Section 377 Arguments Summary Day 2: July 11, 2018.

Today, at 11.30 a.m., in a packed courtroom, the five judge bench comprising Chief Justice Dipak Misra,  Justice Ajay Manikrao Khanwilkar, Justice D.Y. Chandrachud, Justice Indu Malhotra and Justice Rohinton Nariman resumed hearing the challenge to the constitutionality of Section 377 of the Indian Penal Code, 1860.

 

Mr. Saurabh Kripal representing one of the petitioners resumed his arguments by stating that though the present lis was on the constitutionality of Section 377, sexual acts, though significant was only a singular aspect of the LGBT question. It was pertinent that the nature of these relationships itself be granted protection under Part III of the Indian constitution. He then cited relevant portions from Shafin Jahan and Shakti Vahini cases. He specifically alluded to the recognition of sexual orientation and gender identity in NALSA judgment.

 

Menaka Guruswamy began her submissions on behalf of an association of 350 people belonging to LGBT community from the Indian Institute of Technology. She made a passionate plea that Section 377 of the Indian Penal Code, 1860 violates Article 15 of the Indian Constitution.  Article 15 gives protection against discrimination on the ground of sex which includes sexual orientation.

 

LGBT citizens are denied full participation in professional life.  It impoverished the political discourse for the LGBT community. She specifically alluded to a Kenyan case where the court had relied on the Supreme Court’s judgment in Puttaswamy. She also expressed a fervent desire of the Supreme Court of India doing the same with respect to Section 377.

 

Ms. Guruswamy then proceeded to demonstrate that Section 377 is manifestly arbitrary. She specifically cited Shayara Bano v. Union of India where Justice Nariman used  “manifestly arbitrary” doctrine to strike down the practice of instantaneous triple talaq. She argued that  “Manifestly arbitrary” includes “something done by the legislature capriciously, irrationally, and/or without adequate determinative principle.” Justice Nariman and Justice Chandrachud nodded in agreement with Ms. Guruswamy’s point.

 

She also referred to Verma Committee Report which stated that sex includes sexual orientation. Accordingly, there are different sexual orientations in society. She referred to a statement issued by the Indian Psychiatric Society recently which held that homosexuality is not a psychiatric disorder. It is similar to heterosexuality and bisexuality. She stressed that criminalization leads to low self-esteem amongst the LGBT community. She pointed out that Indian Psychiatric Society supports decriminalization of homosexuality.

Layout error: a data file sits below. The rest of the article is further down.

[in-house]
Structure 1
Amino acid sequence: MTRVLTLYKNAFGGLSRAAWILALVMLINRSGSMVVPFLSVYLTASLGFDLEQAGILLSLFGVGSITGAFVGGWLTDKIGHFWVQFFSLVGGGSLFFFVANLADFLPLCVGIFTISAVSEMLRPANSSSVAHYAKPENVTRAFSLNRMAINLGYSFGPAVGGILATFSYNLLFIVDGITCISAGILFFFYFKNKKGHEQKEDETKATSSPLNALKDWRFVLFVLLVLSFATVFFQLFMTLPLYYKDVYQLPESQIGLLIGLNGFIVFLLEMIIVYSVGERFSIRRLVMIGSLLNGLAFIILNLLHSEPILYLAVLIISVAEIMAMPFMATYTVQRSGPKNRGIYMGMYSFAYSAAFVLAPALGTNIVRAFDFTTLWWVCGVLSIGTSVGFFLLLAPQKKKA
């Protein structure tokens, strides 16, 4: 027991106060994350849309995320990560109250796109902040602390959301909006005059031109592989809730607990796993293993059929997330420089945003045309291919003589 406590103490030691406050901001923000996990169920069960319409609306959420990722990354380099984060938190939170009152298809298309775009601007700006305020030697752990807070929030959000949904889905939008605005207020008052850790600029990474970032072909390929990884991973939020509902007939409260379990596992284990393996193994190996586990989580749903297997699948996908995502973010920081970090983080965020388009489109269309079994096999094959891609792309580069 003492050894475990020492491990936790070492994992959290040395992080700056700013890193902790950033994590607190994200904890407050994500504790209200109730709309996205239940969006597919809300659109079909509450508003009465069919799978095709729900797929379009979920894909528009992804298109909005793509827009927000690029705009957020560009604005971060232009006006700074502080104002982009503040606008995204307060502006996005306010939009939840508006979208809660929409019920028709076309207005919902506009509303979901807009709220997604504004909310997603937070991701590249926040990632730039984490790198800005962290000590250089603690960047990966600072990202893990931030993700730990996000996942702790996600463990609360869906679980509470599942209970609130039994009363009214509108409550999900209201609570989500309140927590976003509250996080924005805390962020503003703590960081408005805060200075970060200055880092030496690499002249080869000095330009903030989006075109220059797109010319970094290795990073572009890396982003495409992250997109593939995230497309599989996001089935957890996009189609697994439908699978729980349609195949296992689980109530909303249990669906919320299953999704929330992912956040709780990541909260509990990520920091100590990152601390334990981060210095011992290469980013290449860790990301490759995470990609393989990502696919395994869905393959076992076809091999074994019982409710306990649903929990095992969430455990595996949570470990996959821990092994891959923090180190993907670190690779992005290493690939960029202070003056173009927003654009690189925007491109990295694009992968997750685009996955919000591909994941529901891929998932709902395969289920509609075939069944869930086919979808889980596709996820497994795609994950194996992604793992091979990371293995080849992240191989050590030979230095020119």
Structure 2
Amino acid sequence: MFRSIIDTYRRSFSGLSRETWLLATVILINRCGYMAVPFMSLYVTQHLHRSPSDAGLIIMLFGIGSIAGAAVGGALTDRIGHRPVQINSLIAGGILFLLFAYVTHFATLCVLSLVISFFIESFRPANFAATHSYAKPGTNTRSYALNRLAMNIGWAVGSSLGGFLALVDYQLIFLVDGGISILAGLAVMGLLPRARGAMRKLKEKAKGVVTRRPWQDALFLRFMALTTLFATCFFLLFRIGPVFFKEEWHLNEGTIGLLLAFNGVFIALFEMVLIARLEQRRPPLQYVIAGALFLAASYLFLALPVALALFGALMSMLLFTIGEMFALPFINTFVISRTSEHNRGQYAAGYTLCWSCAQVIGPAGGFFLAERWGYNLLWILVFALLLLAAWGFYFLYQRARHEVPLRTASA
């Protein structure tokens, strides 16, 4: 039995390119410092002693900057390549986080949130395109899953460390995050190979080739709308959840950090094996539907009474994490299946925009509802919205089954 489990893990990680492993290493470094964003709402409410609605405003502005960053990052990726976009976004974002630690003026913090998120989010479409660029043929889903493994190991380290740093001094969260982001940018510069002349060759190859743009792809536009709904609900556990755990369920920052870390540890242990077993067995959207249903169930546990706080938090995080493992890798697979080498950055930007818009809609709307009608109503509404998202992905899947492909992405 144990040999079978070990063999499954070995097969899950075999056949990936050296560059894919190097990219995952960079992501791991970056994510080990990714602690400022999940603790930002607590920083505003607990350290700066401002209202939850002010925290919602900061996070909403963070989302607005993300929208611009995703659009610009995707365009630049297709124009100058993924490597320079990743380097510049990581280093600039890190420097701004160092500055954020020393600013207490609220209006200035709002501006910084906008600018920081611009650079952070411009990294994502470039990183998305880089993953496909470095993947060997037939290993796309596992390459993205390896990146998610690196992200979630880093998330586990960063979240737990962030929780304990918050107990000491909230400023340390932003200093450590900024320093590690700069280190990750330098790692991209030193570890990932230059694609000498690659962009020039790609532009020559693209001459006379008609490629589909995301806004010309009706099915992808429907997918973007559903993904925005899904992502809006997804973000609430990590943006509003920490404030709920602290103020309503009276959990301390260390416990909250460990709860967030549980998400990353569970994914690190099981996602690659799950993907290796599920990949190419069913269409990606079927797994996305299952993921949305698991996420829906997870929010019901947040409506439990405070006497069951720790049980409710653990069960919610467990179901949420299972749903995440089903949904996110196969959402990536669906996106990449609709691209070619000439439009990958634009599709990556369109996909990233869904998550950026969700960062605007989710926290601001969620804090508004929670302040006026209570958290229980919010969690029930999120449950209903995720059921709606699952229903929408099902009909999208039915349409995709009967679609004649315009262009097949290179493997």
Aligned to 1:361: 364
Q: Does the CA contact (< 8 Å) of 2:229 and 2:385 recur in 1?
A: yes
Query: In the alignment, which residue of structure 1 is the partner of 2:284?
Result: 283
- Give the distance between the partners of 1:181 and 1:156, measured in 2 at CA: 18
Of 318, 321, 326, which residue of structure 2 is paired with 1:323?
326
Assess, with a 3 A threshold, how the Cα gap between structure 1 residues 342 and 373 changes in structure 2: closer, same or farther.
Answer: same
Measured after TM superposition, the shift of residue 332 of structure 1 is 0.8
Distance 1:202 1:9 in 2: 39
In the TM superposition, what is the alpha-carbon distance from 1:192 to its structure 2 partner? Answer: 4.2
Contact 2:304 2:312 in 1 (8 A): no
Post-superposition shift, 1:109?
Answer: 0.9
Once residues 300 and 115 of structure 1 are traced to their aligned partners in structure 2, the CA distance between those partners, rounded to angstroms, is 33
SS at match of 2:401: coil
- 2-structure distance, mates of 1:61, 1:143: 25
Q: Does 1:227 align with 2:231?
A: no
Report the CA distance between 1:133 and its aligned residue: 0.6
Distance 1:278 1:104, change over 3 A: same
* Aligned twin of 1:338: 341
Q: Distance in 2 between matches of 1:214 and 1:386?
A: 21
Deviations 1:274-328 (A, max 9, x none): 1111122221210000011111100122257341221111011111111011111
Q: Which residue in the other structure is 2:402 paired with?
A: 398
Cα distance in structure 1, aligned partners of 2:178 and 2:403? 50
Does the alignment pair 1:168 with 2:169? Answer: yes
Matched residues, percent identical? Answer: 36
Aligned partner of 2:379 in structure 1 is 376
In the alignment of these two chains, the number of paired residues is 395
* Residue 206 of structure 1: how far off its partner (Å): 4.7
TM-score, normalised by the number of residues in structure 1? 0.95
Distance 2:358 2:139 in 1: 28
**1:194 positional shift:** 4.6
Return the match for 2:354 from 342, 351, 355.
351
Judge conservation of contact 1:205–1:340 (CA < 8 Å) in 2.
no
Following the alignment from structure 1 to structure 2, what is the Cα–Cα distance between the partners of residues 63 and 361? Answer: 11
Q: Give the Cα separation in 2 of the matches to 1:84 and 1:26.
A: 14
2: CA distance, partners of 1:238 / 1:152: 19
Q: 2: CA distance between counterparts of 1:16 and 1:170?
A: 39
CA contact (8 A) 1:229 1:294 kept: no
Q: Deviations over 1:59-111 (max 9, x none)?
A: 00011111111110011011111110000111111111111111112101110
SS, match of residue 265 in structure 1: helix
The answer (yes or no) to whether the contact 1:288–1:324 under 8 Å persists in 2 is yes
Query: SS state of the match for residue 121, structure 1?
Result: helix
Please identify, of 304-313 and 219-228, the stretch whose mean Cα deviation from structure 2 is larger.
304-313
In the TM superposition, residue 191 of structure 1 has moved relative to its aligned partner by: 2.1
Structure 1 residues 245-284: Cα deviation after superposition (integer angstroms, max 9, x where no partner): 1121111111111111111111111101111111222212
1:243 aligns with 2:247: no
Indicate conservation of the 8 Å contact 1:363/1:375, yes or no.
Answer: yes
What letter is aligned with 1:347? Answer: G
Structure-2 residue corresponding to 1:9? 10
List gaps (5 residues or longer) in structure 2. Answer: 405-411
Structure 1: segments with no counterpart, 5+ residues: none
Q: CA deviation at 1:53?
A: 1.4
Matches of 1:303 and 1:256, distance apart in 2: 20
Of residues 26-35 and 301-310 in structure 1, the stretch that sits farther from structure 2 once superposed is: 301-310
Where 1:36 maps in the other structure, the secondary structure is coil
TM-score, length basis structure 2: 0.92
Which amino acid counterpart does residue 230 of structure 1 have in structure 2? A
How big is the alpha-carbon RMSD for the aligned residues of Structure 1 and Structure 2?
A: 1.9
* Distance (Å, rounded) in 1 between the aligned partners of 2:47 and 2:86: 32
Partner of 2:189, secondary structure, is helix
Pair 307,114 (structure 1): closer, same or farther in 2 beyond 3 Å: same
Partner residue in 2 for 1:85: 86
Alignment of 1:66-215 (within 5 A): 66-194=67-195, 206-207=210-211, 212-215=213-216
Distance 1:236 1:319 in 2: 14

She then took the bench through a series of decisions by courts across the world. She specifically referred to the Canadian Supreme Court case Vriend v Alberta which held that “sexual orientation is a deeply personal characteristic that is either unchangeable or changeable only at unacceptable personal costs”. In the South African case of National Coalition of Gay and Lesbian Equality & Anr, it was held that the impugned sodomy statute had the symbolic effect of treating all gay men as criminals.

 

Taking a cue from the South African case, she said passionately that Section 377 made the daily lives of affected people vulnerable and insecure just like the apartheid era.She then proceeded to demonstrate how Section 377 affects the employment prospects of the LGBT community. Justice Misra specifically enquired if there are any specific rules which prevents the LGBT community from access to jobs.

 

Ms. Guruswamy referred to the All India Services Rules and the Central Civil Services Rules, a public official can be discriminated on the basis of a criminal charge or conviction. She then briefly alluded to the confidence that transgender people had acquired in the public sphere post NALSA judgment. Justice Chandrachud observed that Section 377 of the IPC has a chilling effect on both public and private employment. With this observation, the bench proceeded for lunch.

                                                                                                                              (The Report has been prepared by Mr. Samya Chatterjee)